Consult with your healthcare provider before beginning a wellness plan that includes dietary supplements like Choline.

Choline Clinical Studies

1. Generation of choline for acetylcholine synthesis by phospholipase D isoforms.
Zhao D, Frohman MA, Blusztajn JK.
Department of Pathology, Boston University, School of Medicine, USA.
BMC Neurosci. 2001;2(1):16. Epub 2001 Oct 19. PMID: 11734063 [Read the Abstract]

2. Changes in the interaction between CNS cholinergic and dopaminergic neurons induced by L-alpha-glycerylphosphorylcholine, a cholinomimetic drug.
Trabucchi M, Govoni S, Battaini F.
Farmaco [Sci]. 1986 Apr;41(4):325-34. PMID: 3709792 [Read the Abstract]

3. Cytidine (5')diphosphocholine modulates dopamine K(+)-evoked release in striatum measured by microdialysis.
Agut J, Ortiz JA, Wurtman RJ.
Centro de Investigacion, Grupo Ferrer, Spain
Ann N Y Acad Sci. 2000;920:332-5. PMID: 11193174 [Read the Abstract]

4. The dopamine D2 receptor locus as a modifying gene in neuropsychiatric disorders.
Comings DE, Comings BG, Muhleman D, Dietz G, Shahbahrami B, Tast D, Knell E, Kocsis P, Baumgarten R, Kovacs BW, et al.
Department of Medical Genetics, City of Hope National Medical Center
JAMA. 1991 Oct 2;266(13):1793-800. PMID: 1832466 [Read the Abstract]

5. Neurobiology of attention-deficit hyperactivity disorder.
Faraone SV, Biederman J.
Pediatric Psychopharmacology Unit, Massachusetts General Hospital, Boston 02114, USA.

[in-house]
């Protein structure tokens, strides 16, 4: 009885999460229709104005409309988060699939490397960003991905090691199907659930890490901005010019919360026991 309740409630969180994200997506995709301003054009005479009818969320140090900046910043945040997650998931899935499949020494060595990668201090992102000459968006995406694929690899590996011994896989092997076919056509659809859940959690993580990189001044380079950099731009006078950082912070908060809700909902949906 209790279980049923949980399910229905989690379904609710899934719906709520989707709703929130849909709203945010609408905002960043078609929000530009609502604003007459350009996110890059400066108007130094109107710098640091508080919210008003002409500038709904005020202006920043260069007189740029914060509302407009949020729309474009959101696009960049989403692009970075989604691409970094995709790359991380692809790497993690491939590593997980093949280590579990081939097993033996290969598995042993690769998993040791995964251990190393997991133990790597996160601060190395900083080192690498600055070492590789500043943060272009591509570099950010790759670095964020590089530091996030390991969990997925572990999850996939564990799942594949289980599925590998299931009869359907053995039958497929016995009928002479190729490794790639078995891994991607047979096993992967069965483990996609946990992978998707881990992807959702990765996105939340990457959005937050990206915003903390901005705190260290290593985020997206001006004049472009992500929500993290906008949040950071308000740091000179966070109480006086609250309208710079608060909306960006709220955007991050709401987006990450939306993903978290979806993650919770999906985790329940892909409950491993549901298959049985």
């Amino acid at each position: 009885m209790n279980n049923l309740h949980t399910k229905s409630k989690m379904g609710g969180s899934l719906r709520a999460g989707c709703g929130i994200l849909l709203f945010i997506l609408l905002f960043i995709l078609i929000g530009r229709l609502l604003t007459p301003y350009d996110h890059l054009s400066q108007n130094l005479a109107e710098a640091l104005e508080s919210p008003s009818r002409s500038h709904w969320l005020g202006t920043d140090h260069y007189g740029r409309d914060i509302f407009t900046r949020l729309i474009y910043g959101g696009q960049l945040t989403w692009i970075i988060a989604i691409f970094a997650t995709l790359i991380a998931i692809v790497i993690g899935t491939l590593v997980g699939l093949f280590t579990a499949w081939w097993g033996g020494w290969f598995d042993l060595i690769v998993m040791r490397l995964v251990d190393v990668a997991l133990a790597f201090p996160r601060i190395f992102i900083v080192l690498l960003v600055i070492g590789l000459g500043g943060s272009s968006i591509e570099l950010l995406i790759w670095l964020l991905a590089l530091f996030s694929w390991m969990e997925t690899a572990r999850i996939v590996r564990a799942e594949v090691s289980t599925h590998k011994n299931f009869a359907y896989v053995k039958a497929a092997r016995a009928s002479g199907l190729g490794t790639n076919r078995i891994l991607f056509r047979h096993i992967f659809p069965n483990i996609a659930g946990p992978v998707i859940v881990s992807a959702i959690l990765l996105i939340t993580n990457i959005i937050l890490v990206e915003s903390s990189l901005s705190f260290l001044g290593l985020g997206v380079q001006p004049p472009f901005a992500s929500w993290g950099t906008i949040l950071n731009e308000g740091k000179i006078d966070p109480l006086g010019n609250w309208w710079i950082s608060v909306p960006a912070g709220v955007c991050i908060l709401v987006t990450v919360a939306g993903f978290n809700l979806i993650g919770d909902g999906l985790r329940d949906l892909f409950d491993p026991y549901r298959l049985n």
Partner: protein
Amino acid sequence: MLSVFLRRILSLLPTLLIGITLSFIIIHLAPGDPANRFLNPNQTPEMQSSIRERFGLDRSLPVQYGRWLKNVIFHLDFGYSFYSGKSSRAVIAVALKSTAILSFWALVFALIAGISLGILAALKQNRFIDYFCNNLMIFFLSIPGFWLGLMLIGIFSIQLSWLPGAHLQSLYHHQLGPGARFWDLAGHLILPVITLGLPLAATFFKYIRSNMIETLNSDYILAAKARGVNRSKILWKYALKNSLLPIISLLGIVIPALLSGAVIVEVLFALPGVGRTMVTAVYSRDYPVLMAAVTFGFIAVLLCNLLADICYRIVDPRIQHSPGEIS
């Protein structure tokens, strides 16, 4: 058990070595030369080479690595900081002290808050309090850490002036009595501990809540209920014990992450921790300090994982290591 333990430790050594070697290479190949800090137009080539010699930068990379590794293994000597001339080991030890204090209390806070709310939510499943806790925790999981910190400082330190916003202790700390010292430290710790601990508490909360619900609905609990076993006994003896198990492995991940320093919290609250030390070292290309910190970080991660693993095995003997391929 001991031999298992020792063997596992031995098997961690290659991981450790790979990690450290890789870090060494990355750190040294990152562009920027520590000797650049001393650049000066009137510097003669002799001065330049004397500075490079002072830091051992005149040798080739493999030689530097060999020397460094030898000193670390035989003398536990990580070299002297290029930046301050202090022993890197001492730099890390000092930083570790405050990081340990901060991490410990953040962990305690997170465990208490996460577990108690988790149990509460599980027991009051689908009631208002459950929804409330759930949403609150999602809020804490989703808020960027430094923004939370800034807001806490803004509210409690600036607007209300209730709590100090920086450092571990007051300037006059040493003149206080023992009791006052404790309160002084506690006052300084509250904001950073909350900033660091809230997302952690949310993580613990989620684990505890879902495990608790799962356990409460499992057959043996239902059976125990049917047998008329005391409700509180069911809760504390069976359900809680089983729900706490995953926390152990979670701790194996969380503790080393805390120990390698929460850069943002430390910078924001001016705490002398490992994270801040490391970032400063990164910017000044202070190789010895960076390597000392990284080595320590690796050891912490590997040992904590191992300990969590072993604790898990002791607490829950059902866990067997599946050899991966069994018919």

Biol Psychiatry. 1998 Nov 15;44(10):951-8. PMID: 9821559 [Read the Abstract]

6. Multicentre study of l-alpha-glyceryl-phosphorylcholine vs ST200 among patients with probable senile dementia of Alzheimer's type.
Parnetti L, Abate G, Bartorelli L, Cucinotta D, Cuzzupoli M, Maggioni M, Villardita C, Senin U.
Institute of Gerontology and Geriatrics, Italy.
Drugs Aging. 1993 Mar-Apr;3(2):159-64. PMID: 8477148 [Read the Abstract]

7. Alpha-Glycerophosphocholine in the mental recovery of cerebral ischemic attacks. An Italian multicenter clinical trial.
Barbagallo Sangiorgi G, Barbagallo M, Giordano M, Meli M, Panzarasa R.
Institute of Internal Medicine and Geriatrics, University of Palermo, Italy.
Ann N Y Acad Sci. 1994 Jun 30;717:253-69. PMID: 8030842 [Read the Abstract]

8. Cytidinediphosphocholine (CDP choline) for cognitive and behavioural disturbances associated with chronic cerebral disorders in the elderly.
Fioravanti M, Yanagi M.
Department of Psychiatric Science and Psychological Medicine, University of Rome, ITALY
Cochrane Database Syst Rev. 2004;(2):CD000269.PMID: 15106147 [Read the Abstract]

9. The dopamine theory of attention deficit hyperactivity disorder (ADHD).
Levy F.
Department of Child and Adolescent Psychiatry, University of New South Wales, Randwick.
Aust N Z J Psychiatry. 1991 Jun;25(2):277-83. PMID: 1652243 [Read the Abstract]

10. The dopaminergic system in attention deficit/hyperactivity disorder.
Ohno M.
Department of Pediatrics, Shiga University of Medical Science, Otsu 520-2192, Japan
genit Anom (Kyoto). 2003 Jun;43(2):114-22. PMID: 12893970 [Read the Abstract]

11. ADHD and Dopmamine -
Shaw Thomas
Compilation of Clinical Studies [Read the Analysis]

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Last Updated: February 2015 [PHMF-03-0]